MOG success stories: French-Lithuanian neurologist receives license to practice

Job offers are piling up on the desk of our MOG team. There is a desperate need for cardiologists in Bavaria, a shortage of assistant physicians in a clinic in Baden-Württemberg, a shortage of physiotherapists in northern Germany, and so on and so forth. Our recruiters are therefore on the lookout worldwide for specialists who might be able to fill one or two of these vacant positions. Every day, they get to know many interesting people and their biographies. Like Ms. F., for example: she has Lebanese-French roots, then decided to complete her studies partly in Lithuania and France, and has done internships and volunteer work in various countries, such as Belgium. This is a testament to true cultural versatility. Linguistically gifted and motivated as she is, she recently passed the patient communication test and subsequently received her German license to practice medicine. We find this so remarkable that we are reporting on it here. But why Germany of all places, with this cultural background?

1. Mrs. F., since you speak perfect English and Arabic, almost all countries in the world are open to you, why Germany? You are a French citizen, have completed your medical training in France and Lithuania and would now like to work here, although you first have to learn German and take on a lot of bureaucracy.


Mrs. F.: Thanks to my cultural background, I could have actually continued my medical training in a country other than France. I never learned German during my school years in France, yet I decided to come here to Germany to benefit from the flexible medical system here with its many training opportunities. In other countries, such as France, specialization is done according to a national competition that determines which specialization you can take based on the number of vacancies in the different medical specialties. In Germany the system is much more flexible, here you have the possibility to apply directly in the different hospital departments. More flexible, more personal (direct contact with the heads of the departments), the salary is also better (in France a doctor earns about 1400 euros at the beginning of his specialization, without the annual tax already deducted) and of course the medical education in Germany is very good, it has an international reputation. Hospitals need doctors here in Germany, so the doors are open for foreigners who are motivated and determined.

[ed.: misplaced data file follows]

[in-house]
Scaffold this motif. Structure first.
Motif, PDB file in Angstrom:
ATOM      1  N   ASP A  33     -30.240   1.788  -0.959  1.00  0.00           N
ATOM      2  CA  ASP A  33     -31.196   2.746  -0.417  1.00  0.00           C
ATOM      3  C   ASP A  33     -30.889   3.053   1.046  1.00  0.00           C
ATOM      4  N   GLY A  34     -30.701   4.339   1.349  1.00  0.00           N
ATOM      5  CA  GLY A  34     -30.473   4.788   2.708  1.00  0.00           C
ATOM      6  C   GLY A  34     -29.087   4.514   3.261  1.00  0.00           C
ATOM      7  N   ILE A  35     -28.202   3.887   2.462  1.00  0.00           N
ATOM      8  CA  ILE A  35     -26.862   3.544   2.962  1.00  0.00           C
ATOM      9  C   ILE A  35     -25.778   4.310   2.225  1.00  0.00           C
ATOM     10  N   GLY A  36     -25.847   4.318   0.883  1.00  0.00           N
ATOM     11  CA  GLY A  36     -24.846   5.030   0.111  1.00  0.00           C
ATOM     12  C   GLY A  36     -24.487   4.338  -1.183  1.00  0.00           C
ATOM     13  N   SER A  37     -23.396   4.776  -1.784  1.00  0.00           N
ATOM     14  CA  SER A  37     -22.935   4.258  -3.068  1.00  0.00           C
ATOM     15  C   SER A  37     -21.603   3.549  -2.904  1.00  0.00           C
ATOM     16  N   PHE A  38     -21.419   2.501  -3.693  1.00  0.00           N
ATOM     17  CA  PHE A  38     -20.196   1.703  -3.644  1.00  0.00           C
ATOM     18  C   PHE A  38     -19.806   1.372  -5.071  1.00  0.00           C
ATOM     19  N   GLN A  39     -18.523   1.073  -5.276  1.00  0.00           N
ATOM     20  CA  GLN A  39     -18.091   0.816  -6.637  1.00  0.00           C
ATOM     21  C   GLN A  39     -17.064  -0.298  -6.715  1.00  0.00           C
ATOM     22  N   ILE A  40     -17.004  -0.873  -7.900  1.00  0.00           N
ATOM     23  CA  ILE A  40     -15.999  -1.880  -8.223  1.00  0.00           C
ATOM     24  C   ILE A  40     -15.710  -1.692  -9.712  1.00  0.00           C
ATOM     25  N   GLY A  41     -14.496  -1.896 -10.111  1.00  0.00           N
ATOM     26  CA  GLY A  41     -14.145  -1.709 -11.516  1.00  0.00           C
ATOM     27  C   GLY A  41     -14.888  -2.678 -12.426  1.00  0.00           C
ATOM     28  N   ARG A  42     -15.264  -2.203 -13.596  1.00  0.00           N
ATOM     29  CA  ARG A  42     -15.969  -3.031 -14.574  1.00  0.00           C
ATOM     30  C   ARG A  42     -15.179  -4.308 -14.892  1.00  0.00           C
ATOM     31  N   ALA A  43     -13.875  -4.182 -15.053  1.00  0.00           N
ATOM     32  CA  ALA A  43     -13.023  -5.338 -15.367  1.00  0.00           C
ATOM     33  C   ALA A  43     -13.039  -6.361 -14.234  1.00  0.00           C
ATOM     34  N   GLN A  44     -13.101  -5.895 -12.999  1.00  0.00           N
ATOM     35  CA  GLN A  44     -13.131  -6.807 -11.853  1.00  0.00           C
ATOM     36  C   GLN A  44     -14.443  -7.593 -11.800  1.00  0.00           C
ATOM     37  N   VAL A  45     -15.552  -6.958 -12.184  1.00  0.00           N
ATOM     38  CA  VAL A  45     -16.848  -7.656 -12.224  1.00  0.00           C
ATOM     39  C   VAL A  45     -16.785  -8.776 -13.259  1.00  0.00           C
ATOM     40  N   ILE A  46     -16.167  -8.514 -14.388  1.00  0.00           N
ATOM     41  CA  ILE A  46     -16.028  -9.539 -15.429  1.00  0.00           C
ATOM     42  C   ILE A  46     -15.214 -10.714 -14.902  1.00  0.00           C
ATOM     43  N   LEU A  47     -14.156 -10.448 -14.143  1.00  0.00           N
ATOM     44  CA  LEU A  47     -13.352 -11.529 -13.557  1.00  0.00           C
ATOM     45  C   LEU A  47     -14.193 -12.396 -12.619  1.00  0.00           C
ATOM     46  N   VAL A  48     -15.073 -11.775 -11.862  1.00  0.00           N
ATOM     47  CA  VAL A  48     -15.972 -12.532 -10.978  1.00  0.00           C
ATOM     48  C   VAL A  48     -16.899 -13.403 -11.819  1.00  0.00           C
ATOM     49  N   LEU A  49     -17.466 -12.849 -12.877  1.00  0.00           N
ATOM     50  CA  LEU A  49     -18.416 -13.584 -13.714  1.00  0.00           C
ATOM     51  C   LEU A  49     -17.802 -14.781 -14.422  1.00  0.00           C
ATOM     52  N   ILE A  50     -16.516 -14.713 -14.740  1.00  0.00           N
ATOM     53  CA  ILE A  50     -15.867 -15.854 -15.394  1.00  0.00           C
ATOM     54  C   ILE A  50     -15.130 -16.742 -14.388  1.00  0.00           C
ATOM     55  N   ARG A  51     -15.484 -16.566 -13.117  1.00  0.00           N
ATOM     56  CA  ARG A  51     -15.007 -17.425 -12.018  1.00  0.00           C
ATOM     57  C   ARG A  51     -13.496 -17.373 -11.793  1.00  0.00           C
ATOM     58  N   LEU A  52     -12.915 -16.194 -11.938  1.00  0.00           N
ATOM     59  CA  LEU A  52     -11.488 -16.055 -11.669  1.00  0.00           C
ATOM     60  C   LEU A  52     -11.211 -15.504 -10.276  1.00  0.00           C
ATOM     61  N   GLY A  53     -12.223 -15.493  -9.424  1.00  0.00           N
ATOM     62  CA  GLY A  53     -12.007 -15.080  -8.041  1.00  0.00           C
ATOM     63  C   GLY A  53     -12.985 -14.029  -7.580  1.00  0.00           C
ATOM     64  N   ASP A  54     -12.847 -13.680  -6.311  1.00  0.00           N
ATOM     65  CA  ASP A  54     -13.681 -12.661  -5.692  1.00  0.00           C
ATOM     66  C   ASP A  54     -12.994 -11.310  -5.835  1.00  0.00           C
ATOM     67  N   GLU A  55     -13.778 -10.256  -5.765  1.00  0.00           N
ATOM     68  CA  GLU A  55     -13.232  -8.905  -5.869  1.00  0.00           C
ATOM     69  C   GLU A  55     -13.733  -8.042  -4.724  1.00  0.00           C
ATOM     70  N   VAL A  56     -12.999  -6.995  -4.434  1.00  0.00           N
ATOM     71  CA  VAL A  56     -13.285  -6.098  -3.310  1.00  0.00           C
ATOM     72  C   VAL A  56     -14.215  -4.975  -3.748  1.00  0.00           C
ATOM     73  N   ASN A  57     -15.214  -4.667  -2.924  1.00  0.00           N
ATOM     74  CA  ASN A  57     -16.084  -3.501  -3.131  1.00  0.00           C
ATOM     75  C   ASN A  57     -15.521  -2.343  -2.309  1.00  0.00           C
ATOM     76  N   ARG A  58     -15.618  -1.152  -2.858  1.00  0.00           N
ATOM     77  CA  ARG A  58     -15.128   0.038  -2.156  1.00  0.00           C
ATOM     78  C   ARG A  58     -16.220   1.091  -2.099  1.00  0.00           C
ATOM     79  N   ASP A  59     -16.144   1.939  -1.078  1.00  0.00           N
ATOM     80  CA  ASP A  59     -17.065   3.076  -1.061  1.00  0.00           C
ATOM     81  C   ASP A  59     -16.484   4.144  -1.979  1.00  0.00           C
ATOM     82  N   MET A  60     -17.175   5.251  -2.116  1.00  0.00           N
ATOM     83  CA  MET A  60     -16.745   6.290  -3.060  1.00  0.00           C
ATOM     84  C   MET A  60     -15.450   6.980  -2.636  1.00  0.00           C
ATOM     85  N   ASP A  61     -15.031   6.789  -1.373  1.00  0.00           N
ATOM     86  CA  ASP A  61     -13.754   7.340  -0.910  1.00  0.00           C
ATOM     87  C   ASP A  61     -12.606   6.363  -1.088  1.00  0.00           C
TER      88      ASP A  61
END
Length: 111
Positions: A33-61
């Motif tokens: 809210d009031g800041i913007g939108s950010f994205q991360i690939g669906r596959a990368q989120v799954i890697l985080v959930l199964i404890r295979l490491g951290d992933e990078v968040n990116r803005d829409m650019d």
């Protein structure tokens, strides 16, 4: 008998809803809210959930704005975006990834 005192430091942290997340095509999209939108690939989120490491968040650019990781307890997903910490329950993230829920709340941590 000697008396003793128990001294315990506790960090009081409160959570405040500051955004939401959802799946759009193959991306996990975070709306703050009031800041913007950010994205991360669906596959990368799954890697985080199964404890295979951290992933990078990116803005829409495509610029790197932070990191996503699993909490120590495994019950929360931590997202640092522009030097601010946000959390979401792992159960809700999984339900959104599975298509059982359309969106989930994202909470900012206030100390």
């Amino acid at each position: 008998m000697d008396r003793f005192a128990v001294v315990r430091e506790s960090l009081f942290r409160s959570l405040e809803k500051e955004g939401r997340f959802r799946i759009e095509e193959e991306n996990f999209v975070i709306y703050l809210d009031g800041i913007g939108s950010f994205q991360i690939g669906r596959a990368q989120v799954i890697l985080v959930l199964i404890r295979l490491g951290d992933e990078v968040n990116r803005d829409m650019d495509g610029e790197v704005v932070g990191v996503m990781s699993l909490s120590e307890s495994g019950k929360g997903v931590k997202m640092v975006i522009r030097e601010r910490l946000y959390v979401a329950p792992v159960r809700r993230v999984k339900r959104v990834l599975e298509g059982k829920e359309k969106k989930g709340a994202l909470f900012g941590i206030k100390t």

2. What all did you have to do before you could apply for a job here in Germany and how did that go?


Mrs. F.: Before I applied for a job in Germany, I had to learn German of course (that was the hardest part), that took about 8 months with intensive language courses, then I had level B2. For this you have to know that I already acquired A1 at the end of my medical studies. I also attended the C1 course for a few weeks, which was necessary to be able to work here. During this time I did some internships to prepare for the patient communication test. After I passed this language exam, I applied for my license to practice medicine. I received this after a few weeks. Actually, the procedure is quite clear if you follow the explanations on the website of the German Medical Association.

3. How is the medical care/medical system in France, Lithuania and in Germany? Are there major differences or similarities?

Mrs. F.: In Germany, the health care system is of course very modern compared to Lithuania, with better training resources and a higher salary. Also compared to France, the salary is higher, as already mentioned. Nevertheless, the quality of medical treatment in France and Germany is comparable. However, I think that the life, economy and career opportunities are better in Germany. However, I don't think it is easier here than elsewhere, but I think everyone has the opportunity to make it in Germany if you are motivated and determined.

4. How did you come to MedicalOnboarding Germany (MOG) and are you satisfied with the support?

Mrs. F.: I heard about MOG on the Internet and I found that the agency was an indispensable help to find a job. A very lovely and professional team. I received a lot of support and thanks to MOG, I found a job very quickly that fit my requirements.

5. What are your future plans? Do you have a dream where and in which medical field you would like to work one day?


Mrs. F.: Actually I don't have a big dream, except maybe to master the German language perfectly to finish my neurological training with success (I started in December). I want to finish what I started. And why not, maybe I will also settle permanently in Germany and practice here as a neurologist, you know, this specialty is growing and developing tremendously year by year.

Mrs. F., thank you very much for the interview and continued success!

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